Wednesday, 10 March 2010

The tourture of BBC science shows

So over the last two days I have spent two hours of my life watching science documentaries on the BBC iPlayer.
The first 'Wonders of the solar system: The sun' aired initially on Sunday night, the second 'Horizon: Is everything we know about the universe wrong?' was on last night at 9pm.

Now I really like the BBC, I'm happy to pay the hundred odd pound annual subscription and I watch almost all of my television through the iPlayer. This isn't me joining the (often pathetic) throngs that can't see the public service provided.

What it is though, is a request to stop wasting my bloody time by claiming that a show would inform me, or answer my questions when it quite simply doesn't. The few snippets of useful information in both those shows combined could have made a ten minute short. 15 if you wanted to get all arty.

I won't waste too much of my time talking about 'Wonders' as it's already stolen an hour of my life, but it basically amounted to Professor Brian Cox travelling the world, pointing a camera at the sky and going 'wow'. 'Wow!' he said looking at a solar eclipse. 'Incredible!' he exclaimed, sailing down the Amazon. 'Magnificent!' he gawped, at the northern lights. Maybe that was the point of the entire show, to make people gawp. I find it much better to gawp at facts that you wouldn't otherwise believe, rather than pretty pictures.

Now horizon was marginally better. It could have thrown a dog turd at me through my monitor and I would have thought the same (think of the technical achievement!). It remains though, that all of the actual information provided could be explained, in quite easy to understand language, during a cigarette break. I know, I tried it. It goes a little something like this...

The standard model of physics explains how the universe came into being. There was a big bang, then the universe grew consisting firstly of energy, then after a while matter formed. This matter settled down into stars, which clustered into galaxies, which gave us the universe we inhabit.
Some observations don't quite fit with the standard model. The first of these is the relatively uniform temperature of the universe (found out by looking at the cosmic microwave background, or CMB, a view of the universe 13bn light years away or 13bn light years ago), which is inconsistent with a universe still growing from an explosion. To get round this, a principle called 'inflation' was dreamed up where the universe grew from the explosion, then stopped for a bit. Then when the temperature was roughly even, it grew again. We aren't sure why.
This still doesn't quite explain our observations though. There isn't enough observed mass in galaxies to explain the stars rotate around the centre. Rather than the rate of rotation slowing the further from the centre of a galaxy you go, it remains constant. To account for the extra mass, we use something called dark matter which should be everywhere, and actually outnumbers actual matter by a ratio of 5:1. There is a guy in a lab underground looking for it, he has to be underground so that more common particles don't interfere with his detectors. We aren't completely sure what it is, but it might be something to do with supersymmetry.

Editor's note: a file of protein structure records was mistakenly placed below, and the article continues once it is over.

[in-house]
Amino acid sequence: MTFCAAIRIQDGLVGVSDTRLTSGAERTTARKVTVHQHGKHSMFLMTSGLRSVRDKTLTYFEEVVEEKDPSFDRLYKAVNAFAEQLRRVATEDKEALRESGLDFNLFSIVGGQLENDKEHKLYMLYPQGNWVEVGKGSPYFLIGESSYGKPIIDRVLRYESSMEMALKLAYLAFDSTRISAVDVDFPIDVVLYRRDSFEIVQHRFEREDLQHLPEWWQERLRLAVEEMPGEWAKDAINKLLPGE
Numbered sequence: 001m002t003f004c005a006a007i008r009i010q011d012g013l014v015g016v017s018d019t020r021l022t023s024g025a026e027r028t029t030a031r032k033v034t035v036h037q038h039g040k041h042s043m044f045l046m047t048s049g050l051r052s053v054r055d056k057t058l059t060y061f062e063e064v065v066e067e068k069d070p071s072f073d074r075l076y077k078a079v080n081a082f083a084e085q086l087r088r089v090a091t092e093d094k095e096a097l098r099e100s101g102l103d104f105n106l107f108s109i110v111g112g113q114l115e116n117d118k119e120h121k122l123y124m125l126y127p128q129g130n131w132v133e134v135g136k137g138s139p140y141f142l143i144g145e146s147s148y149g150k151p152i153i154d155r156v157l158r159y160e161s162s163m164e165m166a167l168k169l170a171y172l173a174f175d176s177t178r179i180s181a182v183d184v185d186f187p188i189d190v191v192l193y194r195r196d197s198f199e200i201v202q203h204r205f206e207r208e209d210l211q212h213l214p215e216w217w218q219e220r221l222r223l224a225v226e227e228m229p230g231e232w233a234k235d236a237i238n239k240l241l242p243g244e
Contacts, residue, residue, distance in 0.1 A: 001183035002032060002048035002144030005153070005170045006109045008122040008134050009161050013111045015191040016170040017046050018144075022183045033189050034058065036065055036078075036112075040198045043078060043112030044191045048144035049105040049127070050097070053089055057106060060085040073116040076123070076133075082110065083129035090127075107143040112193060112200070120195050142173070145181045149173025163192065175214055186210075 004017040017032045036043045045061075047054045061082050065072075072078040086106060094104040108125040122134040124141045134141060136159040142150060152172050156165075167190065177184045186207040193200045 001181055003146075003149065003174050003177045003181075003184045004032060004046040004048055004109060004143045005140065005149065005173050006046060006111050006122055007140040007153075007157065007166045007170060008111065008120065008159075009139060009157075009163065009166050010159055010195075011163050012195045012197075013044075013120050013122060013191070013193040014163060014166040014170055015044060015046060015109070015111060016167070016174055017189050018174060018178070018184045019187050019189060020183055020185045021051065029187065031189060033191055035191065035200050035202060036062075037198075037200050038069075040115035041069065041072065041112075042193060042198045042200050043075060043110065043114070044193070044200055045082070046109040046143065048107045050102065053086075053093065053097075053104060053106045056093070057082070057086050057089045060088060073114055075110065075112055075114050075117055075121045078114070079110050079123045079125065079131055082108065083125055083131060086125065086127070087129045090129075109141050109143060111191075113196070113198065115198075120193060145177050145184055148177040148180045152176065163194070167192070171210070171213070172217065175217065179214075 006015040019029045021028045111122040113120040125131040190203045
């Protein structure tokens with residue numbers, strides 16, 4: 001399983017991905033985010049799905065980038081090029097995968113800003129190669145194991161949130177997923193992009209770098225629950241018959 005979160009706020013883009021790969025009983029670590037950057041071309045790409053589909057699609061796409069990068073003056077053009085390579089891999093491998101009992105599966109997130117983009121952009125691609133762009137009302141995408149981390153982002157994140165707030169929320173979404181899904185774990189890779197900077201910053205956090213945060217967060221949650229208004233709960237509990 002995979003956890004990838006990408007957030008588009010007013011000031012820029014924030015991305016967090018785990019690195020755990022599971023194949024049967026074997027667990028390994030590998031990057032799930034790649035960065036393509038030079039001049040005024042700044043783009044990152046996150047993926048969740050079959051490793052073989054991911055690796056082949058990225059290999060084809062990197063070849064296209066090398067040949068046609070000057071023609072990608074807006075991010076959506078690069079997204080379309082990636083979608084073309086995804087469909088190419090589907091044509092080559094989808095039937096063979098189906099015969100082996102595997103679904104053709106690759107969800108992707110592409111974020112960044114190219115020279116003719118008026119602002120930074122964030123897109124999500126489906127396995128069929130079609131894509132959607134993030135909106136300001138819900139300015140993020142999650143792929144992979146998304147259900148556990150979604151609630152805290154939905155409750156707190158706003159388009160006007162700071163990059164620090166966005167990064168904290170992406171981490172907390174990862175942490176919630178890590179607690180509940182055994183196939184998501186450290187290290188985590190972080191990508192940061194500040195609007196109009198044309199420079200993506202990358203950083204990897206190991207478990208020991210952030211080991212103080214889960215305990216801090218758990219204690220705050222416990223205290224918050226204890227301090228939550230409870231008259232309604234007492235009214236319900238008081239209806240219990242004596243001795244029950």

Even this doesn't explain it completely, the universe is expanding faster than we expect it do. We aren't quite sure why, but we have come up with an idea of 'dark energy' which exists in vacuums. Effectively the energy of nothing. When we factor this in to our standard model, along with the dark matter and the inflationary principle, we get a working model of the universe...
Almost. Now, after studying the CMB for a bit longer another scientist has found that some galaxies are rushing together in groups. This doesn't work as part of our inflationary model. The concept has been called 'dark flow'.  It may be something to do with a multi-verse, that is, our universe is just one of many.
In order to get that information, that took me about 15 minutes to write (and as mentioned a cigarette break to explain). I had to sit through a balloon being blown up (pneumatically thankfully) about 15 times, what appeared to be a close up of a match about 40 times, and the phrase 'it started with a bang' about 7 million times (ok I exaggerate, but only on the last one).

I understand that most viewers don't want in depth science coverage, but that was a full hour of airtime! Why not just condense the sort of stuff written above into half an hour, and then put a half hour follow on show on BBC4 or something, for those that want to actually learn something?

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